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Friday the 13th Could Have Been Known as “Kill Your Banker Day”
The History of Money: Installment 1 – The Templars
This article was originally crafted by my father for his readers in September of 2003, but its content is possibly more relevant than ever before. This is one of the original tales of powerful bankers, leaders of countries and crippling debt. It should be noted that crippling debt leads nowhere good!
My fascination with money began at an early age. I happened to be 7 years old when the new 1965 "tokens" were first minted. I was not sure why, but I knew there was something going on here. Several adults grumbled and complained that the new coins were really tokens because the last real coins had been minted the year before, in 1964. Several people I knew began collecting the 1964 and older coins and kept telling me that I should too because some day they would be worth something. And so, at the tender age of 7, I became a "coin collector" and a "silver commodities trader". At the time my, Father was on the board of directors at one of the local banks so I asked all the tellers at the main branch to "save the silver for me" and I would trade tokens for them. I did the same with the lady in the cafeteria at school. So once a day at school and twice a week at the bank I would collect a few silver coins. I didn't know it at the time, but a powerful law of economics was at work. Gresham's law states that "bad money will drive good money out of circulation" which simply means that people will hoard good money and spend the bad. This is exactly what happened in the mid 1960's as I am sure most of you here remember. It didn't take long before my take was getting smaller and smaller every week and finally dried up. I packed my hoard of silver coins away and eventually forgot about it.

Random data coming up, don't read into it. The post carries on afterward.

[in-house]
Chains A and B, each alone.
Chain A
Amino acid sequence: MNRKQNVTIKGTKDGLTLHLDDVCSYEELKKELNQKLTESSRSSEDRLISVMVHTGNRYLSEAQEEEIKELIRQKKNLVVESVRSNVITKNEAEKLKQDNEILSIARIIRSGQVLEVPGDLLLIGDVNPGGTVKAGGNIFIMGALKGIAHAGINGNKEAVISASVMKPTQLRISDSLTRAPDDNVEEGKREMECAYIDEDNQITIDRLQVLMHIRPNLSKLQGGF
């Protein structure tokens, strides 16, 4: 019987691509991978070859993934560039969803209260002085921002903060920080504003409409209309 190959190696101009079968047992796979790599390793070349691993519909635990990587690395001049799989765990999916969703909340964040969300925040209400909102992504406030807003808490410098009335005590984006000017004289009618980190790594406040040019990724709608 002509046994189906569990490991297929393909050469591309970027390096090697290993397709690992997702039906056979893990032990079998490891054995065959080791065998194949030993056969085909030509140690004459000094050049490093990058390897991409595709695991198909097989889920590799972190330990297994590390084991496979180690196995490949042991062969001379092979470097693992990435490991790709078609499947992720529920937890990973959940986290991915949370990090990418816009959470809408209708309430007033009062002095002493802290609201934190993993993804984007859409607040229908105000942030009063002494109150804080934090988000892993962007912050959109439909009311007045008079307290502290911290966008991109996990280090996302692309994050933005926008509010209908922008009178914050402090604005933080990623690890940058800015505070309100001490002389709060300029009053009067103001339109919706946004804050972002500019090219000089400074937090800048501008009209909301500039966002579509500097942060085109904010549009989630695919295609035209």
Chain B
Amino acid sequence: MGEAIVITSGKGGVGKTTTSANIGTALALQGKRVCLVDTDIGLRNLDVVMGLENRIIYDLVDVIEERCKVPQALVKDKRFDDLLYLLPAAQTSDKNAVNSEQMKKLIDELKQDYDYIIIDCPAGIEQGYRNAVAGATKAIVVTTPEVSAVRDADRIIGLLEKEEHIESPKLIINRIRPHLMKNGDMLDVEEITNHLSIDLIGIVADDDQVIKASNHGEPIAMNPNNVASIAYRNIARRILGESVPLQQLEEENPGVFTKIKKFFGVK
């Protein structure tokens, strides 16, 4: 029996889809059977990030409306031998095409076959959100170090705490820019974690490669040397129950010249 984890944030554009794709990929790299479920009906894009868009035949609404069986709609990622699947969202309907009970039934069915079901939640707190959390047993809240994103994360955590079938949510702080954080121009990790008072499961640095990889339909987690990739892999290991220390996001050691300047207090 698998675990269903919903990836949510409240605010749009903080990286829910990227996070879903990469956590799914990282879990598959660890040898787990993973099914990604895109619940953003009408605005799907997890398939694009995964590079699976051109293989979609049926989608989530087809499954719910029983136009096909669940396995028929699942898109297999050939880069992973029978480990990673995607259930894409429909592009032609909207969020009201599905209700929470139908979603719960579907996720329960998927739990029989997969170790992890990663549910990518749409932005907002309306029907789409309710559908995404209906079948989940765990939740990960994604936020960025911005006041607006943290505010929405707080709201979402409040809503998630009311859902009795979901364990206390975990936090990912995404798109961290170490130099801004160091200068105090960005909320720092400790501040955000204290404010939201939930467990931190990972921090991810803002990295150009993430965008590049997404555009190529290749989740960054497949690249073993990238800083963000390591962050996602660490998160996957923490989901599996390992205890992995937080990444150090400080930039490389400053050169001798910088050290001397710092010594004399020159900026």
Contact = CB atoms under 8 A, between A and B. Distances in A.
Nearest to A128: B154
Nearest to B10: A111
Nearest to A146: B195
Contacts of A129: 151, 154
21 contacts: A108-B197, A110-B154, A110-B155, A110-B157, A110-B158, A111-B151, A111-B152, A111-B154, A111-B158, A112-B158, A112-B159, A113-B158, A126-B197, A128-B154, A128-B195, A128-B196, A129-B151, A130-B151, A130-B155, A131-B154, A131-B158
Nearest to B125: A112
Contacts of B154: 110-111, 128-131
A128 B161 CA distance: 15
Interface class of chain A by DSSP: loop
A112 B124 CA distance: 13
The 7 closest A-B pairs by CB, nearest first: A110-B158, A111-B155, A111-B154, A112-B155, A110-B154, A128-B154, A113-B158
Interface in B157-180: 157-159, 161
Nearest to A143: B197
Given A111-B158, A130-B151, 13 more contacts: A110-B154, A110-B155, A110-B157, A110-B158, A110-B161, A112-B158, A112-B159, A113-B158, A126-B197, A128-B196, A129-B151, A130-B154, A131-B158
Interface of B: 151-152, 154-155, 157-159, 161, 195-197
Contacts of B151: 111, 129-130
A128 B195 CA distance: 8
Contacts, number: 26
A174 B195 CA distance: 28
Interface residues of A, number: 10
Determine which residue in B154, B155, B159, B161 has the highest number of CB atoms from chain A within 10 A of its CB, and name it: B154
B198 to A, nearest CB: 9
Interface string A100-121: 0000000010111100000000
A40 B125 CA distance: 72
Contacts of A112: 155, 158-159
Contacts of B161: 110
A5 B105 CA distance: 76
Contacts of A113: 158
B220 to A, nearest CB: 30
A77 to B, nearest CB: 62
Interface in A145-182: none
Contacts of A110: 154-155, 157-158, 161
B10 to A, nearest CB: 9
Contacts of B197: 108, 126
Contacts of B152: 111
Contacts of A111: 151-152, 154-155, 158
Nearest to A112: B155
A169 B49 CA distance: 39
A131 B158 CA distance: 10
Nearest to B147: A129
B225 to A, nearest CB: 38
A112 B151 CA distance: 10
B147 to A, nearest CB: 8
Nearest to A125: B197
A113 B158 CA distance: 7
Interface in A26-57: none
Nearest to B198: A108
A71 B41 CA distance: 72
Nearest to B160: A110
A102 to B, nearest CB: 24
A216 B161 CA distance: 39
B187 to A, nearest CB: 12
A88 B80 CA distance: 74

I graduated from college in 1979 as an engineer and became a full-time taxpayer. Reagan was running for office and was saying that he could "fix inflation." I had just lived through the wild inflation years during the mid to late 1970's but I was in high school and like most people I believed that Volker at the Federal Reserve was trying to "fight inflation." President Carter was blaming the inflation on "the Arab oil embargo". Nixon had blamed it on "the wage and price spiral" and even tried wage and price controls that were a total joke. I was immediately caught up in the condition know as "income tax bracket creep." I got a little upset about that and I began to wonder about a few things: why does everything have to cost more every year, what is money, why did they change the money in 1964, 1968 and 1972, what exactly was the Federal Reserve and what exactly did Paul Volker do there? I began researching these questions slowly and asking people who should have known the answers. I got nowhere fast. Slowly through reading dozens of books on the subject from many different points of view a light started to glow. I will attempt to share what I have learned over the past many years. History always makes more sense when studied along with the financial conditions of the times. It is a long tale of greed and ruin. But first like all good stories; let's back up and start at the beginning. Well, maybe not all the way back to the beginning, as I tend to skip up and down the timeline.